In 2018, 69.1 percent of high school graduates went on to enroll in college the following fall according to the U.S. Bureau of Labor Statistics. But attending college is expensive, and costs continue to rise. While consumer items rose by 120 percent from 1980–2014, college expenses grew by 260 percent! Many years ago, college was more affordable, and parents often picked up the costs for their kids. But the expectation that parents will pay or help pay for their kids’ college tuition may be changing.
Who Pays for College?
According to Bloomberg.com, Discover Student Loans surveyed about 1,500 parents of college-bound students aged 16–18 in June of 2019 and found that only 28 percent of parents said they were willing and able to fund all college expenses for their kids. That’s down 6 percent in 2018. Additionally, nearly 40 percent of parents surveyed said they expect their children to pay not just a portion of, but most of, the cost of their higher education.
Skyrocketing College Costs
A parent’s decision to have kids pay for college, in part or in whole, often stems from necessity. Many parents would willingly shoulder this burden if they could. Many simply cannot. By one estimate, the college tuition cost, room and board, books and supplies, transportation, and other expenses for a public four-year in-state college can total $25,300 per year while those costs for a public four-year out-of-state college comes to $41,000, and a private four-year college can cost $51,000 per year. According to the National Student Clearinghouse, three out of ten high-school graduates who go to four-year public colleges still have not earned a degree within six years. For private colleges, the number is more than one in five.
Considering that recent high school graduates usually have little to no savings, much less the amount required to pay for college, most turn to student loans to fund their educations. According to the Federal Reserve, U.S. student loan debt exceeded $1.5 trillion in the first quarter of this year. As of the last quarter of 2017, nearly eight million Americans owed $50,000 or more in student loans.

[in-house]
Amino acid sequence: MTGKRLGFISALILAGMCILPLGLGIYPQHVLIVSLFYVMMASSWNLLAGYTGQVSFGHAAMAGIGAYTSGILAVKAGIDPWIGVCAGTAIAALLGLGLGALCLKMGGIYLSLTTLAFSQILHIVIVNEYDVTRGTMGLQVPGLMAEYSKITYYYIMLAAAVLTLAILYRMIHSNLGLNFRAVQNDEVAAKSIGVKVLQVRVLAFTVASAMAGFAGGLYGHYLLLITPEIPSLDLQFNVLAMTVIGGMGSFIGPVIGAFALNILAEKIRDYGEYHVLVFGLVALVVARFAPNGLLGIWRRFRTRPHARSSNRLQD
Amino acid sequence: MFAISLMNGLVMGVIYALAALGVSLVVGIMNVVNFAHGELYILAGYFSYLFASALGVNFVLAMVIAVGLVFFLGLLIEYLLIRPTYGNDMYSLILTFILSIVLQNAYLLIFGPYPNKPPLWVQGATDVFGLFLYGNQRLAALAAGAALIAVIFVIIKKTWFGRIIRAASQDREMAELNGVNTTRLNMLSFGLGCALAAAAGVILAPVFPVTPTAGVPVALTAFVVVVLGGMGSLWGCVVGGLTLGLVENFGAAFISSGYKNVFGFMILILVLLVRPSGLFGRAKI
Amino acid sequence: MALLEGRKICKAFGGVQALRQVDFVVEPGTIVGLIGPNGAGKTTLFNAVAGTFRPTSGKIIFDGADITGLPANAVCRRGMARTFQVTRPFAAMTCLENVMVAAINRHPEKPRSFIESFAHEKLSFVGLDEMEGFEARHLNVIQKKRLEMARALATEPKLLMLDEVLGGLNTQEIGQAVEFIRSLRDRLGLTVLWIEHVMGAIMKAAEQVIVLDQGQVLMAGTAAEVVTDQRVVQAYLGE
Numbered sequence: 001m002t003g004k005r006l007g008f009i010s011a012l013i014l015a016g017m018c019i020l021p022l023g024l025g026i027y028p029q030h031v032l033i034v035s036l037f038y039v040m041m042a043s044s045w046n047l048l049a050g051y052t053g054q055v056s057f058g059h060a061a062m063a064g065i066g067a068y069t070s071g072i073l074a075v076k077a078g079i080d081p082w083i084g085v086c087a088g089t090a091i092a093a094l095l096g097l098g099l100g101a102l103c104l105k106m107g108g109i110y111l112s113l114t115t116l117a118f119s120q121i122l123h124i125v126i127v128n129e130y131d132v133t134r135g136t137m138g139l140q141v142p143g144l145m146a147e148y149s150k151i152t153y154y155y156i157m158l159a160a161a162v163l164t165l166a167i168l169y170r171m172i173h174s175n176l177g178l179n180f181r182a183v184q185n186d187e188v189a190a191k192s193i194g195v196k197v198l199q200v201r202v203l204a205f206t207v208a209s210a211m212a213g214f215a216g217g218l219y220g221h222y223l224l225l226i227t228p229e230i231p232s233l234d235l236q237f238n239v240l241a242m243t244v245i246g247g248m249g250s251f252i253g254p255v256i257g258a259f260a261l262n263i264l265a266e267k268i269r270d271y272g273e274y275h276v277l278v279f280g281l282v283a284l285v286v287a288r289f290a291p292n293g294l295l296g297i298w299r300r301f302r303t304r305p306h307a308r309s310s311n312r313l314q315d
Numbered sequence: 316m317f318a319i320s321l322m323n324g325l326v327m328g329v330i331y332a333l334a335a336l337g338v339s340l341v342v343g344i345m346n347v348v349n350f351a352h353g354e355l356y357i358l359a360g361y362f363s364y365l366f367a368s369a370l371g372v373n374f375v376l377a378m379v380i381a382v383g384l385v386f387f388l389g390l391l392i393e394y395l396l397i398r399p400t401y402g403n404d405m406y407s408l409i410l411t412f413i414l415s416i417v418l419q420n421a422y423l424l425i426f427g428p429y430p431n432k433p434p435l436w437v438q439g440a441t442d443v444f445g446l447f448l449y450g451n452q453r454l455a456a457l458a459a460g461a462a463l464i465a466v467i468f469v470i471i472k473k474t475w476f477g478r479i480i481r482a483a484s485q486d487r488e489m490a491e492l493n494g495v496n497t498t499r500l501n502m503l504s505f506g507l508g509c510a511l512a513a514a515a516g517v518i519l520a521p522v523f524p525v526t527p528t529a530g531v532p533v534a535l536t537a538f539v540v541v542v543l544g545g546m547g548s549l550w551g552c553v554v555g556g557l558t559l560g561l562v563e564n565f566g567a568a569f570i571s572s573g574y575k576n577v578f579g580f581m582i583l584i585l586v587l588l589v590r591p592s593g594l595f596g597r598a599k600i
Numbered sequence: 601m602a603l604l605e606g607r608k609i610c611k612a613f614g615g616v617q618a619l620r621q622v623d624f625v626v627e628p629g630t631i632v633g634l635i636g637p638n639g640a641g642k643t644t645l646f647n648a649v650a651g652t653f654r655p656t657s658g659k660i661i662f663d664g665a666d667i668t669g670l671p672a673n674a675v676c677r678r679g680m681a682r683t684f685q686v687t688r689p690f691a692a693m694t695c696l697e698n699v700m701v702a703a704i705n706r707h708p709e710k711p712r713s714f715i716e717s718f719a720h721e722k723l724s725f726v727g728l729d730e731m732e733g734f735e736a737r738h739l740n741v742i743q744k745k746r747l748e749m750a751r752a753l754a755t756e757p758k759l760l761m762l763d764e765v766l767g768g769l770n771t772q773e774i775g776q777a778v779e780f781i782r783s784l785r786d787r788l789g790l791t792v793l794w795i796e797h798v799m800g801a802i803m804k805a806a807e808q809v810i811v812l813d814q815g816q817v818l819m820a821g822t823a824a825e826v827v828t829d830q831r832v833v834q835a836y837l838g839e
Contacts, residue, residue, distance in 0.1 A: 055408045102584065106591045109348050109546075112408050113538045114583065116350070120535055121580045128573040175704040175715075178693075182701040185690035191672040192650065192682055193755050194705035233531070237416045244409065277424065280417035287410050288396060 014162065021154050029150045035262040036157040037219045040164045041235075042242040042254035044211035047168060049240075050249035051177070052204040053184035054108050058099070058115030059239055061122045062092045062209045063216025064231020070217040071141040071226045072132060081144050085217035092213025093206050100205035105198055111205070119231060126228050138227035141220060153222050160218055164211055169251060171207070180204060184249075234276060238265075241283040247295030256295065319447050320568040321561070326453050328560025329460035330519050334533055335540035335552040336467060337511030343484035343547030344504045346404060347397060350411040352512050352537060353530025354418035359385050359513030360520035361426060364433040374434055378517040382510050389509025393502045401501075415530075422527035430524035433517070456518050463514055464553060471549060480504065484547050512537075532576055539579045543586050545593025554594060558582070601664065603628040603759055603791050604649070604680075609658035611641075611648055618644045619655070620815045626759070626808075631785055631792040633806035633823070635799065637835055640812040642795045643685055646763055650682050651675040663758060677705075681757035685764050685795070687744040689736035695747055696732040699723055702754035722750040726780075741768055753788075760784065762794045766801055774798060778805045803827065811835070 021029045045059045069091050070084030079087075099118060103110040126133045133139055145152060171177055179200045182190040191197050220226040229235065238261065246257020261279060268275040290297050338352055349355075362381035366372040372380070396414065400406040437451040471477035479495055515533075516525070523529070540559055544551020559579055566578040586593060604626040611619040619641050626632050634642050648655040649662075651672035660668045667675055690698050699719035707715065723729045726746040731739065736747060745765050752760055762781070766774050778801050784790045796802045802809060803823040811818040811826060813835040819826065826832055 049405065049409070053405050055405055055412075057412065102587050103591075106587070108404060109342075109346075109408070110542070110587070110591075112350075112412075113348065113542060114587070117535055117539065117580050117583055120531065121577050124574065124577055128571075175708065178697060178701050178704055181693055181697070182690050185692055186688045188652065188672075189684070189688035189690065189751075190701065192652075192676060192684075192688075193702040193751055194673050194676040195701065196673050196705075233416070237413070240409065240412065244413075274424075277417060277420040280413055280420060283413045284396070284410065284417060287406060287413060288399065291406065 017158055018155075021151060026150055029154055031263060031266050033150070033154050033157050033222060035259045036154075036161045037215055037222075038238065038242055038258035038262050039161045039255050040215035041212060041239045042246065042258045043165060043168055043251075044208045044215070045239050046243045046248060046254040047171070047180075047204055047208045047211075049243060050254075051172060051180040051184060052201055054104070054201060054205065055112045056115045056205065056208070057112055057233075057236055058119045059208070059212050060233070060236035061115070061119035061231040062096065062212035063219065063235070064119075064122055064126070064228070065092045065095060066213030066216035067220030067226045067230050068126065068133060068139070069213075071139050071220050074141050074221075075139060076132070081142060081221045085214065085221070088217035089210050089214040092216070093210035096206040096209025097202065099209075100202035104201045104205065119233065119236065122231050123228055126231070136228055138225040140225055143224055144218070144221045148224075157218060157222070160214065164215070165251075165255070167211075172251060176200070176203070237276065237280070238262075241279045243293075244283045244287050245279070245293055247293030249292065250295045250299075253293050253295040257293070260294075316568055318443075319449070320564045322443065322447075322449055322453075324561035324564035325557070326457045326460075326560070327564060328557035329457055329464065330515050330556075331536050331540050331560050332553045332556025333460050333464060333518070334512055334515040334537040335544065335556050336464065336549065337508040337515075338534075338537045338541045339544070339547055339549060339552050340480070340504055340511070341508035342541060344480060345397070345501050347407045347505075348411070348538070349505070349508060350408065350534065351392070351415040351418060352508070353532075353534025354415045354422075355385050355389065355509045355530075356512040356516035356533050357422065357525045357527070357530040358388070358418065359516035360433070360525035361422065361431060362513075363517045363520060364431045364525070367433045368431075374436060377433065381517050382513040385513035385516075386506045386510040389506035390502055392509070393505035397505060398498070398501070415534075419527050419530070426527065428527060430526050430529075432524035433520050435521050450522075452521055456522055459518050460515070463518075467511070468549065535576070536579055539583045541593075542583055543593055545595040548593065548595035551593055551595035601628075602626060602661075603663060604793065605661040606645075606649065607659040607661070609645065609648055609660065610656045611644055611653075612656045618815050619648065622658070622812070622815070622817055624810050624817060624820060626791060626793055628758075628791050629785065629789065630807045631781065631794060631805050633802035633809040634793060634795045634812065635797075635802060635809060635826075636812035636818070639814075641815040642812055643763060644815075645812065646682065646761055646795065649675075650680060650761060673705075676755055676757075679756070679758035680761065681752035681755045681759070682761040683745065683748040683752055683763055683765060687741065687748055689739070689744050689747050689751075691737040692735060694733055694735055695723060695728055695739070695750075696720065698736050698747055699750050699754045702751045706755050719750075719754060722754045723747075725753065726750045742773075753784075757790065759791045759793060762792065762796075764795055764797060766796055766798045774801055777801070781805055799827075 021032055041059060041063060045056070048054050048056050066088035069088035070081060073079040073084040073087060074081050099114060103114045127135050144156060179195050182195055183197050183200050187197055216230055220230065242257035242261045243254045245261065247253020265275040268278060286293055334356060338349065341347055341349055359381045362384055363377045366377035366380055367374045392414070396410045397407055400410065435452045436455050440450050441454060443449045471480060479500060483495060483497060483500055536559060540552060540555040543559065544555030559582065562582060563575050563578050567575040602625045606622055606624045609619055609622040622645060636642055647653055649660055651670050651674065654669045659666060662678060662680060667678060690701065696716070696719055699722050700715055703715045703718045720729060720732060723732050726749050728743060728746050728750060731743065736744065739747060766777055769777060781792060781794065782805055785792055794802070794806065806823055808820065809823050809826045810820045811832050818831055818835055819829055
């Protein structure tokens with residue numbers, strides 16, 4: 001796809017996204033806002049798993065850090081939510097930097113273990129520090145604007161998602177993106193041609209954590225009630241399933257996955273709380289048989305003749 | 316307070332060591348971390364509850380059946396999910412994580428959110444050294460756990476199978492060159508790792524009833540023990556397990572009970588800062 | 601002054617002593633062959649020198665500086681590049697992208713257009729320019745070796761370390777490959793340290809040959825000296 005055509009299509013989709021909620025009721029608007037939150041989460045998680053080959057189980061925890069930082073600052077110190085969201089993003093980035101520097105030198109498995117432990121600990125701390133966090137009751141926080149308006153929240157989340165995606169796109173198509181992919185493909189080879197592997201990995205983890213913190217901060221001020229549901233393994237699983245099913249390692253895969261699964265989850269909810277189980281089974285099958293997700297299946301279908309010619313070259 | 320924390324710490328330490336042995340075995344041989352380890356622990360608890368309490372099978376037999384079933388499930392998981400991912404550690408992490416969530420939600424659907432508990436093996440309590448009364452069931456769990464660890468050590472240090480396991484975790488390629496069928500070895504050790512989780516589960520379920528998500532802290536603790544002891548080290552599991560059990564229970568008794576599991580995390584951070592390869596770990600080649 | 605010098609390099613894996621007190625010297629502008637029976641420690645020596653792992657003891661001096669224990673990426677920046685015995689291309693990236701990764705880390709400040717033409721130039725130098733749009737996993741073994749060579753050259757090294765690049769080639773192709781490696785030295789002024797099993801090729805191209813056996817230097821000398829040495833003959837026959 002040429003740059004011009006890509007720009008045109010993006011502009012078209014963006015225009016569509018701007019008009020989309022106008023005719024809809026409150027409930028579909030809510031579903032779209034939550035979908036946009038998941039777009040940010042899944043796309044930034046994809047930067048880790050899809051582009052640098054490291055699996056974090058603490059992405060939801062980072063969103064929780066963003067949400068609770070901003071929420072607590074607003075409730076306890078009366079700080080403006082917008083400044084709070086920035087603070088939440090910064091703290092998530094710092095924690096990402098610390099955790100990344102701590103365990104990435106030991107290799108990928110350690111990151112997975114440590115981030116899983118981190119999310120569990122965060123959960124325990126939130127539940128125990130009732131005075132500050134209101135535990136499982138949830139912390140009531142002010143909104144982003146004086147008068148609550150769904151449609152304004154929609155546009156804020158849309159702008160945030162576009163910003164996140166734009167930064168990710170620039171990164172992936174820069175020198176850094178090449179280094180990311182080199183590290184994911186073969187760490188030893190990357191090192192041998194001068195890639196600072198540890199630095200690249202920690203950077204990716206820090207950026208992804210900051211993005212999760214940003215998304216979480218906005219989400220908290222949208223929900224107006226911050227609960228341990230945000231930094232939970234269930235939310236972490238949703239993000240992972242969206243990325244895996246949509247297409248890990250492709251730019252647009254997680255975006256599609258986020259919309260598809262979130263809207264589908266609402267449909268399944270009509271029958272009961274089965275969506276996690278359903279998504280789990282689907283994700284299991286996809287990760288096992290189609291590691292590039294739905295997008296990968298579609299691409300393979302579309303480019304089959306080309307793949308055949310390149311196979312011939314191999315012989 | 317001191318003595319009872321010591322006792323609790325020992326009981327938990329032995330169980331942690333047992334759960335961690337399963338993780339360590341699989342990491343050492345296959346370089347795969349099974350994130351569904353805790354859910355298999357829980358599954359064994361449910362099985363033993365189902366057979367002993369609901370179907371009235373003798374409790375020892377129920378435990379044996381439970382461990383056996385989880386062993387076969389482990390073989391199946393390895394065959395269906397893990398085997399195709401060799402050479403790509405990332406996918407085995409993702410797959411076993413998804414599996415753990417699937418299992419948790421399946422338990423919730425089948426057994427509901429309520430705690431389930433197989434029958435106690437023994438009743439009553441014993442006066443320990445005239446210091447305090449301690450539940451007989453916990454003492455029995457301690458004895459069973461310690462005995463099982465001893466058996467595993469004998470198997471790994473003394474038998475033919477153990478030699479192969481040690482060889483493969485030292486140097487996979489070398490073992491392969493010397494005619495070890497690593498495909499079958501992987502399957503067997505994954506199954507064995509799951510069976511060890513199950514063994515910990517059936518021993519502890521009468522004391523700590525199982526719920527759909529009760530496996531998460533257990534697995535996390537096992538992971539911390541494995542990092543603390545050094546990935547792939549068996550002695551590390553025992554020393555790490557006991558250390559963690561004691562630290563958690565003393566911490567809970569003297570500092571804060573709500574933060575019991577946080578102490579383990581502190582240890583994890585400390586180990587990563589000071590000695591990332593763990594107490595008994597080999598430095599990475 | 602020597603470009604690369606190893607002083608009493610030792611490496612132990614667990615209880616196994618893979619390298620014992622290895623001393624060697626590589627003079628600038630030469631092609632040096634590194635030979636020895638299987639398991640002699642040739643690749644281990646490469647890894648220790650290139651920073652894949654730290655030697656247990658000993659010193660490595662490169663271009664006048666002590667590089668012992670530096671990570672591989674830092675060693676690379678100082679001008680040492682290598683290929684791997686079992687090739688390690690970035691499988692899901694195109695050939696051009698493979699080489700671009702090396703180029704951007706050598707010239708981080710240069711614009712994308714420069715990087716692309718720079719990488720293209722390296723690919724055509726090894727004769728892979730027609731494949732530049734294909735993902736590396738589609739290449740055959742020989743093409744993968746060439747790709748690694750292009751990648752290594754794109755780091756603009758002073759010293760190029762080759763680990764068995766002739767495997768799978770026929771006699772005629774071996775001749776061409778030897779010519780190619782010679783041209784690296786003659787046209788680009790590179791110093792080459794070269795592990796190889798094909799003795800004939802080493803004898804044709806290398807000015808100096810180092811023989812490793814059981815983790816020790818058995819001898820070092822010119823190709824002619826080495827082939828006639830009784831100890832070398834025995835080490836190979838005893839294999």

Is College Necessary?
Not only are these high costs causing people to question who should take on the burden of paying for college—students, parents, or a combination of the two—it’s also causing people to re-evaluate the necessity of a college education. In some instances, such as aspiring doctors and lawyers for example, college education is a necessity. In other cases, students can gain the requisite skills for their desired careers in other ways, including trade school, an apprenticeship program, an online program, etc.
Since the prospect of paying for college can be daunting to parents and students alike, it’s fortunate that college is not necessarily a prerequisite for success. Transportation managers, automotive repair technicians, welders, dental hygienists, insurance investigators, and paralegals are examples of well-paying jobs that don’t necessarily require a college degree. The idea that a college degree is essential to success is drilled into students, often at a young age. That message has had an ironic effect. Because so many high-school graduates go on to college, salaries for skilled trades and demand for skilled tradespeople continue to increase because they’re demand is outpacing supply in many places.
While many encourage students to pursue college as the automatic next step after high school graduation, it’s not the best option for everyone. By exploring careers in high school, students may identify a career field that interests them—and allows them to avoid the high cost of college and begin their adult life with a well-paying job as opposed to a mountain of debt.
If your student’s high school doesn’t offer career education, it may be time for a change. K12’s Destinations Career Academy — which combines traditional high school academics with industry-relevant, career-focused courses — allows students to explore their career interests before they begin the process of applying to and paying for college. Many discover that the career they’re interested in requires a specific training path that doesn’t involve college. Recently, K12 teamed up with Galvanize, a top provider of workforce training, to provide high-tech career skills to students in high school and to graduates. Such training can lead to successful, high-paying careers. In fact, graduates of Galvanize boot camps earn, on average, annual base salaries of $90,000 and above!
Before you send your child on the expensive path to college, be sure it is the best option. Career education can help with these decisions!